This article first appeared in the April 17, 2006 issue of Sports Illustrated.
First there was the Old Phil—remember him? For a decade he played a thrilling brand of low-percentage golf, blitzing the fields at Phoenix Opens and Bob Hope Classics but always beating himself when the stakes were the highest. The New Phil emerged in 2004 with a throttled-back game built for the majors, and though it brought him two breakthrough victories they were still high-wire acts, as he had to birdie the last hole to prevail at both the 2004 Masters and the 2005 PGA Championship. Last week, at the 70th Masters, came the unveiling of the New New Phil—a potent mix of overpowering golf, increased discipline and hard-earned experience. The latest version of Mickelson doesn't just win majors, he dominates them. He not only beats the competition but also demoralizes his fellow pros.
Mickelson went into the final round of this Masters with a one-stroke lead, and as he played the 7th hole on Sunday he was in a five-way tie for first and 15 players were within three strokes of the lead, including three of his four primary rivals: Tiger Woods, Vijay Singh and Retief Goosen. (Ernie Els had been only four back at the start of the day but suffered another Sunday meltdown.) What had the makings of a classic back-nine shootout instead turned into a suspense-free coronation. Mickelson made textbook birdies at the 7th and 8th holes to regain the outright lead and then produced the kind of methodical, indomitable, airtight golf that has been the hallmark of Woods's biggest victories. Mickelson simply refused to make a bogey while patiently allowing everyone else to beat themselves. By the time Mickelson reached the 16th hole he was four strokes ahead and cruising. "This is the best round I've ever seen him play," Rick Smith, Mickelson's longtime swing coach, said from behind the 16th green. "He has incredible control out there." Only a meaningless bogey on the 18th hole prevented Mickelson from becoming the fifth Masters champion to play the final round without a blemish.
Now halfway to the Mickelslam, having won the last two majors and three of the past nine, he is beginning to transcend comparisons with his contemporaries and stir the ghosts of the game's alltime greats. It's a mind-bending change from the lost years during which Mickelson was measured not against other golfers but against Dan Marino and Charles Barkley and other megatalents who never won the big one. Now it's time to reach for the Ben Hogan parallels. Hogan didn't win his first major until he was 34; by the time he was 41 he had eight more. Any chance that the 35-year-old Mickelson will get complacent after his latest triumph? "Tomorrow we'll start preparing for Winged Foot," he said on Sunday night, a nod to the site of the U.S. Open in June.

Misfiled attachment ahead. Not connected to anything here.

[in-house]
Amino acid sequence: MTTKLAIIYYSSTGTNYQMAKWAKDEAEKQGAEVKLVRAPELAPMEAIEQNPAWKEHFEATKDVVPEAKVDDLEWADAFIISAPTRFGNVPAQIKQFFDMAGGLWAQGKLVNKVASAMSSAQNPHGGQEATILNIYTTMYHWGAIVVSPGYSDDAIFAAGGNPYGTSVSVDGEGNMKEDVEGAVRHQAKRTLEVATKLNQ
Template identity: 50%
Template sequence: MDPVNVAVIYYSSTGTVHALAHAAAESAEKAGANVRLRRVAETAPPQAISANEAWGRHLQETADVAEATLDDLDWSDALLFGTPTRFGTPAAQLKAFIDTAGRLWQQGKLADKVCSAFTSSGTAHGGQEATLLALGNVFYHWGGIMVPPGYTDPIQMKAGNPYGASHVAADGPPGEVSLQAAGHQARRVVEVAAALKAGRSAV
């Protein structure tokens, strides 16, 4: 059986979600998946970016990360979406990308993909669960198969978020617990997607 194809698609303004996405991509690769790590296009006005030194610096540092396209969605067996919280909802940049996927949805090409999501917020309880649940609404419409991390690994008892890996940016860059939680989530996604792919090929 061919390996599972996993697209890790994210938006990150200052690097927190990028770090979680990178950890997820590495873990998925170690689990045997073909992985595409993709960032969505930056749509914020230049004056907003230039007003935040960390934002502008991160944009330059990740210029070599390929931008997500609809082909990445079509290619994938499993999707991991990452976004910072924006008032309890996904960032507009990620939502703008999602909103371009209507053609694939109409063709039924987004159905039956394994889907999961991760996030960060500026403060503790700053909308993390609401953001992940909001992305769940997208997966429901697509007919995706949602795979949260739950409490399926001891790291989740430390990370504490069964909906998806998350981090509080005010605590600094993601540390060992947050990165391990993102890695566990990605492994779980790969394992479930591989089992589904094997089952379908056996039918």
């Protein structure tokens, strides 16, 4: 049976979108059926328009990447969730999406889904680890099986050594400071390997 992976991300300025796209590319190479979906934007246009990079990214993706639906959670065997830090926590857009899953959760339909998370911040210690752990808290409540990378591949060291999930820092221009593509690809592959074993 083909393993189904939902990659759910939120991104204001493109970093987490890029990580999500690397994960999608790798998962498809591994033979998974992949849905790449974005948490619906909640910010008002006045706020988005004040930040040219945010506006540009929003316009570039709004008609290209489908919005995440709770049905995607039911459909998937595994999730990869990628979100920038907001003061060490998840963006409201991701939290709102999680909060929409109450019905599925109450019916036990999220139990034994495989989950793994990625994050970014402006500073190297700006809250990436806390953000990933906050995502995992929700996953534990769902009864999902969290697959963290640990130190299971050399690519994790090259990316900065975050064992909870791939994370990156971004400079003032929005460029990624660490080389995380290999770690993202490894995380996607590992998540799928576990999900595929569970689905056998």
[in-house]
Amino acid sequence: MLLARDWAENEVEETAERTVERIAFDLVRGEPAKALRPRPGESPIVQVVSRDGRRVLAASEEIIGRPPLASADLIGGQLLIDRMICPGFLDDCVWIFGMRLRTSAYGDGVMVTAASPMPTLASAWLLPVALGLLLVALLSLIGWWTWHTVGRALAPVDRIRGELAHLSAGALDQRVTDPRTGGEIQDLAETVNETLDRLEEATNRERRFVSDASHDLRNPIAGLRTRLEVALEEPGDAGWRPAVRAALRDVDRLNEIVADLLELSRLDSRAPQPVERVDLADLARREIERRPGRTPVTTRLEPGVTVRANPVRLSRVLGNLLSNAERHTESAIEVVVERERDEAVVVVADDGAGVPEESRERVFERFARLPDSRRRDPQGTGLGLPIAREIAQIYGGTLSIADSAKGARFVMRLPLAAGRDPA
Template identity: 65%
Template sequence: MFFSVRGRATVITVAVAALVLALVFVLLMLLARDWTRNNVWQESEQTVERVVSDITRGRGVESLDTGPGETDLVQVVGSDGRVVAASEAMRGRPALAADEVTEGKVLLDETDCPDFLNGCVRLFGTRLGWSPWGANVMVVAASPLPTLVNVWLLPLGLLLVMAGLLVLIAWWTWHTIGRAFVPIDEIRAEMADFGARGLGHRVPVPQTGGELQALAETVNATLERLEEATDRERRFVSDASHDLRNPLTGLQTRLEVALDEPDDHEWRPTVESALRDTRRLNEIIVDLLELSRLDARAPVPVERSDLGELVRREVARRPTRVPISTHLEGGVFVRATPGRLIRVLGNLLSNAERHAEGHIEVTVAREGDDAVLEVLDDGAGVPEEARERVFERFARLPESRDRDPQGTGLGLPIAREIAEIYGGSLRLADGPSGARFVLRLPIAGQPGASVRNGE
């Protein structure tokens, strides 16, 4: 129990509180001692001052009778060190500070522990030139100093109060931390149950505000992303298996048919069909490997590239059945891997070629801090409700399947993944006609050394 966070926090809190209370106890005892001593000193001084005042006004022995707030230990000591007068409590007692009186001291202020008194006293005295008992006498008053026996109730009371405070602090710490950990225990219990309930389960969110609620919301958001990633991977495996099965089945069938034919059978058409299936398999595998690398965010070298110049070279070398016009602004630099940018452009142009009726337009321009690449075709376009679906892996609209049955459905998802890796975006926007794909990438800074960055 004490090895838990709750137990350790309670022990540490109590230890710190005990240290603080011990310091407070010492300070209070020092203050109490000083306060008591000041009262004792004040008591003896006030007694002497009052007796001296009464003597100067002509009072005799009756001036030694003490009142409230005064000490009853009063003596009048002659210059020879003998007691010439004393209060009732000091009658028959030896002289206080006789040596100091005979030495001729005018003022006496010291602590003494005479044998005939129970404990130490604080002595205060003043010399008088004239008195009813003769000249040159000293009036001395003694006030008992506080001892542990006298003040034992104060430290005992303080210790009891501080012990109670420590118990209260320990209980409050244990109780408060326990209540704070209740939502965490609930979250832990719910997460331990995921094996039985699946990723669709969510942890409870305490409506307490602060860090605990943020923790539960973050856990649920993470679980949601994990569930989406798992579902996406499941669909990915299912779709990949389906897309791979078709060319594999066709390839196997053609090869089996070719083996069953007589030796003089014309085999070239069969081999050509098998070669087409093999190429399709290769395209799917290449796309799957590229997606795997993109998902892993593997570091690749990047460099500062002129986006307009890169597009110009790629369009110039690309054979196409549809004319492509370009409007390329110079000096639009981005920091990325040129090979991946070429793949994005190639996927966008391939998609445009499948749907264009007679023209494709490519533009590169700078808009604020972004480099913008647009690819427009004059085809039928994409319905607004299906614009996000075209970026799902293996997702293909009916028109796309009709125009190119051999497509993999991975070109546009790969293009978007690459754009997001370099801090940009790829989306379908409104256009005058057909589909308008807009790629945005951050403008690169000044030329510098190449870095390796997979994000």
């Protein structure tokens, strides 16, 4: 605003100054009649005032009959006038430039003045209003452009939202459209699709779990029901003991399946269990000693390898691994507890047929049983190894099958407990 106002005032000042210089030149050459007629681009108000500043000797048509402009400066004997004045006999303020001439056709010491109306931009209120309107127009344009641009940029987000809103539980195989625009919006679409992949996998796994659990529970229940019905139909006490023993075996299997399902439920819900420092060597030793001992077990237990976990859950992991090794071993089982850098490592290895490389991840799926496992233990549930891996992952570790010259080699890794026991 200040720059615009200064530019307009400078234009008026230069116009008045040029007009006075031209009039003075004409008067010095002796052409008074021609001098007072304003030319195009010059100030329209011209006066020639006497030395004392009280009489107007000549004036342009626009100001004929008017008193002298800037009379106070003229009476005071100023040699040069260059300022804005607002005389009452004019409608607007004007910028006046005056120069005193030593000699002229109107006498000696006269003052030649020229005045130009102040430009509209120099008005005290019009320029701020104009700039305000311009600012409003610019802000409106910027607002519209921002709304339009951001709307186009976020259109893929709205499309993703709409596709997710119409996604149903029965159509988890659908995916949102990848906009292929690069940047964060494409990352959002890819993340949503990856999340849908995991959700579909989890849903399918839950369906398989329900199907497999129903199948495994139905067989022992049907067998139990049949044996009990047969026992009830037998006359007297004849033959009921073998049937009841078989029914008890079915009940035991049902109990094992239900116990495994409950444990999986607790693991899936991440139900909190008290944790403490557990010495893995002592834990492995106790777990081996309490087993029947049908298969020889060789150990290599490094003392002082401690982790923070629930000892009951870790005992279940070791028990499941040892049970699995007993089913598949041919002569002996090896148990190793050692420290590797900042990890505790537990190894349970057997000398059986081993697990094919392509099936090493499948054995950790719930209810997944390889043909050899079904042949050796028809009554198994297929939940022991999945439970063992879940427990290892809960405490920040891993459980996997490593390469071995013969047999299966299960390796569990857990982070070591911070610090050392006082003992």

It was Mickelson's preparation for this Masters that proved decisive. Following the 2005 tournament, Augusta National underwent its latest round of retrofitting, being stretched to 7,445 yards in its continuing evolution from a wide-open shotmaker's delight to a longer, tighter, more penal test that demands as much precision as power. Mickelson had ended his 0-for-42 drought in the majors at the 2004 Masters by employing little more than a controlled fade off the tee, but with Augusta National now 155 yards longer Mickelson felt he needed more pop this year. In a practice round on the Masters course 10 days before the start of the tournament, the player whom his colleagues sardonically call Genius decided to go with two drivers. He used his regular big stick on dogleg lefts, such as the 5th and 13th holes, where he is so comfortable hitting soft fades. When he wanted to really bust one, he used a driver that is heel-weighted with a longer shaft, which promotes a hot draw that gives him an extra 25 yards without sacrificing control. Smith immediately dubbed Mickelson's new weapon "the bomb driver," and to test it in tournament conditions Phil used it at the BellSouth Classic, played the week before the Masters. At the BellSouth all he did was finish 28 under par to win by 13 strokes in the most dominant performance of his career, averaging 309.1 yards per drive and hitting 80.4% of fairways along the way. (He had been averaging 297.2 yards and 57.5% coming in.) For the first time in recent memory Woods was not the clear-cut Masters favorite.
The intrigue surrounding Mickelson's twin drivers stoked the larger story of how the revamped Augusta National would play. The soundtrack to the early part of Masters week was the whining of the players, who were given the outrageous task of having to hit accurate drives and sometimes use a long iron on approach shots, the latter being a lost art in the driver-wedge game that is transforming the PGA Tour into a Home Run Derby in pleated pants. But to the seeming disappointment of many players and most of the press, Hootie Johnson—the Augusta chairman whose fetish for combating increased driving distance has led to all the course changes—was exonerated over the first two rounds. The firm and fast conditions suited a wide variety of players, and on a windless Thursday there were plenty of highlights. The 12 eagles were one shy of the first-round record, and Singh shot a bogeyless 67 to take a one-stroke lead. One of 18 players in the field of 90 to break par on the first day, Mickelson hit eight of 14 fairways and birdied three of the four par-5s en route to a two-under 70.
During the second round a swirling breeze gave Augusta National more teeth, and only three players broke 70, led by Chad Campbell's 67, which propelled him to a three-stroke lead over Singh (three double bogeys en route to a 74), Fred Couples and Rocco Mediate. Mickelson was four back after a 72, during which he hit nine fairways and birdied all the par-5s.